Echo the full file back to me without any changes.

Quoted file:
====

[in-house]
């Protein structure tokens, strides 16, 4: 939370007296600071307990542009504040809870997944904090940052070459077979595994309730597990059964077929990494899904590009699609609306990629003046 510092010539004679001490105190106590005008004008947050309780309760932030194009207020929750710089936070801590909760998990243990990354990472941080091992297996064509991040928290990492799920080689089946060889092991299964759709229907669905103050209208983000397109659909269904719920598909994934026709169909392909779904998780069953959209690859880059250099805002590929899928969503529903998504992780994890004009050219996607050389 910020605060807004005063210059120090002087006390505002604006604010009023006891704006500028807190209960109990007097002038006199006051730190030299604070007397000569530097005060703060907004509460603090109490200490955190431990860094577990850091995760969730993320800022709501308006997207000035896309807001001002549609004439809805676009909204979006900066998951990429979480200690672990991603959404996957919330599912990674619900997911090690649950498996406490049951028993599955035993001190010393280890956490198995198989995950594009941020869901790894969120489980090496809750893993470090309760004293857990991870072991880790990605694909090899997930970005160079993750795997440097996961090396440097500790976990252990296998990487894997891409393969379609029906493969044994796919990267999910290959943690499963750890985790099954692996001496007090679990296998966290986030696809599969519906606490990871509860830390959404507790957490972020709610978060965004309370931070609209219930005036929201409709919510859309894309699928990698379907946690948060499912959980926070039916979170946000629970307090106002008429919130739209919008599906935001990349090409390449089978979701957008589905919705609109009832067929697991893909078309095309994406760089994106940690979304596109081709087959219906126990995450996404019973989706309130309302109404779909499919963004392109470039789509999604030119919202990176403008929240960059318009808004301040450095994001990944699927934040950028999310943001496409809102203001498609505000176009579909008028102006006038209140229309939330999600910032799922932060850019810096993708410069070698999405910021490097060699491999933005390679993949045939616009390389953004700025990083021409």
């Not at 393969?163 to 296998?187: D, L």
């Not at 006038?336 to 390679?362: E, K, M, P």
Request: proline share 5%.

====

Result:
[in-house]
């Protein structure tokens, strides 16, 4: 939370007296600071307990542009504040809870997944904090940052070459077979595994309730597990059964077929990494899904590009699609609306990629003046 510092010539004679001490105190106590005008004008947050309780309760932030194009207020929750710089936070801590909760998990243990990354990472941080091992297996064509991040928290990492799920080689089946060889092991299964759709229907669905103050209208983000397109659909269904719920598909994934026709169909392909779904998780069953959209690859880059250099805002590929899928969503529903998504992780994890004009050219996607050389 910020605060807004005063210059120090002087006390505002604006604010009023006891704006500028807190209960109990007097002038006199006051730190030299604070007397000569530097005060703060907004509460603090109490200490955190431990860094577990850091995760969730993320800022709501308006997207000035896309807001001002549609004439809805676009909204979006900066998951990429979480200690672990991603959404996957919330599912990674619900997911090690649950498996406490049951028993599955035993001190010393280890956490198995198989995950594009941020869901790894969120489980090496809750893993470090309760004293857990991870072991880790990605694909090899997930970005160079993750795997440097996961090396440097500790976990252990296998990487894997891409393969379609029906493969044994796919990267999910290959943690499963750890985790099954692996001496007090679990296998966290986030696809599969519906606490990871509860830390959404507790957490972020709610978060965004309370931070609209219930005036929201409709919510859309894309699928990698379907946690948060499912959980926070039916979170946000629970307090106002008429919130739209919008599906935001990349090409390449089978979701957008589905919705609109009832067929697991893909078309095309994406760089994106940690979304596109081709087959219906126990995450996404019973989706309130309302109404779909499919963004392109470039789509999604030119919202990176403008929240960059318009808004301040450095994001990944699927934040950028999310943001496409809102203001498609505000176009579909008028102006006038209140229309939330999600910032799922932060850019810096993708410069070698999405910021490097060699491999933005390679993949045939616009390389953004700025990083021409």
């Not at 393969?163 to 296998?187: D, L």
């Not at 006038?336 to 390679?362: E, K, M, P």
Request: proline share 5%.